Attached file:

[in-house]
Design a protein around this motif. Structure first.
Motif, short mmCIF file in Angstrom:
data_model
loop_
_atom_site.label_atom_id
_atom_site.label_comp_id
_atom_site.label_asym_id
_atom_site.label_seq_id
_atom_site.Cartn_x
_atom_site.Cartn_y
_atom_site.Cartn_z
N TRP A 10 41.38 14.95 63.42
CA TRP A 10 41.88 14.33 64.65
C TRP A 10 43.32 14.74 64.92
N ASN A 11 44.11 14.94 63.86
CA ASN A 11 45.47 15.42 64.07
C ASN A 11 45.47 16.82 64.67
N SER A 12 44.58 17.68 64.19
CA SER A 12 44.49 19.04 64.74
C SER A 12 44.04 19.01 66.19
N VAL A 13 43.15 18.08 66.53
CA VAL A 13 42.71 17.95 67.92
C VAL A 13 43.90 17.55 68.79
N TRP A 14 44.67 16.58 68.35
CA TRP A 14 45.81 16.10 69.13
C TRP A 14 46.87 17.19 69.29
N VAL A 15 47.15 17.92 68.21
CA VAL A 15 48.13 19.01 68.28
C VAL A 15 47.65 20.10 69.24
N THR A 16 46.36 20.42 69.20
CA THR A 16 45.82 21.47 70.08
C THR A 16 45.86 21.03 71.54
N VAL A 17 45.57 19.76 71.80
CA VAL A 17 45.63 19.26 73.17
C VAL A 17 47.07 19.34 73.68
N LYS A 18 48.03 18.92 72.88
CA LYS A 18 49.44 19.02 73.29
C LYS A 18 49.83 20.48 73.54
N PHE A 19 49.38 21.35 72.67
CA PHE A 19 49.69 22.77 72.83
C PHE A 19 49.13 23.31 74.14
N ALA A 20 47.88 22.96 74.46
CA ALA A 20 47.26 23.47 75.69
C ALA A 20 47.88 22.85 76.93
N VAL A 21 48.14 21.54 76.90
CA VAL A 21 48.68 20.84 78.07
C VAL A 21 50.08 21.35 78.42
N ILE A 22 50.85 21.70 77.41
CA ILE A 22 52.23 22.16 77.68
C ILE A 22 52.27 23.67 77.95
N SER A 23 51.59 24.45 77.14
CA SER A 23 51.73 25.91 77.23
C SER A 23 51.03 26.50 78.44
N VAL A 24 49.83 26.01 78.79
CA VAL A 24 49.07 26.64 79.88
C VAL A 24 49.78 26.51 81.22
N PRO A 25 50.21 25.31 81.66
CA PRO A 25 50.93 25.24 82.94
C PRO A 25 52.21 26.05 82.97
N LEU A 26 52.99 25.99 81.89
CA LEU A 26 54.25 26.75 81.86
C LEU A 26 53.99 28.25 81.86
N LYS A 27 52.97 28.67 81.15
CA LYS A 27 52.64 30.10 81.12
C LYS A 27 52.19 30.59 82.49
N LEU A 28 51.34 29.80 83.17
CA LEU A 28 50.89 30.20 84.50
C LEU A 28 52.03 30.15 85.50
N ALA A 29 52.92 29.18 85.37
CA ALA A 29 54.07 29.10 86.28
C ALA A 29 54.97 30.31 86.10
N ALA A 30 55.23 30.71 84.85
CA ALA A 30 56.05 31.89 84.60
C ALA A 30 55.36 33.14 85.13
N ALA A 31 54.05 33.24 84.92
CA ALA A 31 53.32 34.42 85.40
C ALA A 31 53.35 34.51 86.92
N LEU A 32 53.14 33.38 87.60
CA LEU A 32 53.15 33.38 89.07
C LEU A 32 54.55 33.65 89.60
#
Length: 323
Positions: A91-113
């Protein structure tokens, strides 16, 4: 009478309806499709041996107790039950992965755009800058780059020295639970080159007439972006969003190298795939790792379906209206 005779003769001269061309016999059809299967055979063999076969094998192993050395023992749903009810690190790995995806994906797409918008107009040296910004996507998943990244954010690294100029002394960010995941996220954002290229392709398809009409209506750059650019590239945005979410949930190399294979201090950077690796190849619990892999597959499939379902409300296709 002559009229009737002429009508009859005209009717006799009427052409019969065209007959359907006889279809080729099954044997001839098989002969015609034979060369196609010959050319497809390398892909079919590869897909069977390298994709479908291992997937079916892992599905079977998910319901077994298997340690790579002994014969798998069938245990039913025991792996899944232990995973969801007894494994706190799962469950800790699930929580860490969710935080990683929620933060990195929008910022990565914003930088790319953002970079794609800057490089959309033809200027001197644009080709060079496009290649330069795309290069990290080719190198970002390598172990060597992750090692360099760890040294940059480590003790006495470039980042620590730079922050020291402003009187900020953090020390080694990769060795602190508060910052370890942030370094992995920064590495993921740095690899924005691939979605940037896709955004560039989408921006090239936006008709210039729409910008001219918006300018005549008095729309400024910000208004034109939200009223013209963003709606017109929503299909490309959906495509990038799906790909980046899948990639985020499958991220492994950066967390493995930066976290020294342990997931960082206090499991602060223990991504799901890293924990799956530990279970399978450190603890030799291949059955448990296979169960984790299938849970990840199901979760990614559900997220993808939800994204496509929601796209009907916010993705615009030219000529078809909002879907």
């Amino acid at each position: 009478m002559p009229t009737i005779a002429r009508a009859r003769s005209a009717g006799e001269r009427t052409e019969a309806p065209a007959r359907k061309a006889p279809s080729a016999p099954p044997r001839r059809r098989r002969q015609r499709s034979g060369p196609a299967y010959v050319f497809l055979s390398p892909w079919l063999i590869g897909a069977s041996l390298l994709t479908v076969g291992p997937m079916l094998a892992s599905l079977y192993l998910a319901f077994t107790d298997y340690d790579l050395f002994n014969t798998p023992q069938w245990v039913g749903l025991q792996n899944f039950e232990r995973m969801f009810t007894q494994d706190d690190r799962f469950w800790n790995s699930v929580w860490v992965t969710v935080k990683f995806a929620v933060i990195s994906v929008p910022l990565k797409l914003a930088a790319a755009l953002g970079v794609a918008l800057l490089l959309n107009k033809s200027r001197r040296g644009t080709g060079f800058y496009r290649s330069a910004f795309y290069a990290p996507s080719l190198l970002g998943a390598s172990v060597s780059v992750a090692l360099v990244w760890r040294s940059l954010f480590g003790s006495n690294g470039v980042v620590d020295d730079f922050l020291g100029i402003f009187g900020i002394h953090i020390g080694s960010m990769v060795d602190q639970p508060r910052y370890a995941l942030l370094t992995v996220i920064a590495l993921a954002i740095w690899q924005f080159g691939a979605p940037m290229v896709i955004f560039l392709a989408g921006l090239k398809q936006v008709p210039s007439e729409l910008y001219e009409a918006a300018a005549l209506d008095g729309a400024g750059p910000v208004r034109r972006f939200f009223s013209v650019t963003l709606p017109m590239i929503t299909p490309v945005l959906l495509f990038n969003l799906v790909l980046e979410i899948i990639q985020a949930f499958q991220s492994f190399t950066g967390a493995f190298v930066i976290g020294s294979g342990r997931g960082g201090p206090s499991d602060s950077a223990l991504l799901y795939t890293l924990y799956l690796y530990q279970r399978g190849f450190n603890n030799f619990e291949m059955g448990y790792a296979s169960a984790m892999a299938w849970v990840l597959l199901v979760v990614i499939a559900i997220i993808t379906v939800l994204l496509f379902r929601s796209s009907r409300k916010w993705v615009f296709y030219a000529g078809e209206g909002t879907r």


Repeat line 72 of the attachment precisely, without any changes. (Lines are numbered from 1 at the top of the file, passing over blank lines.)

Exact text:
C ALA A 29 54.97 30.31 86.10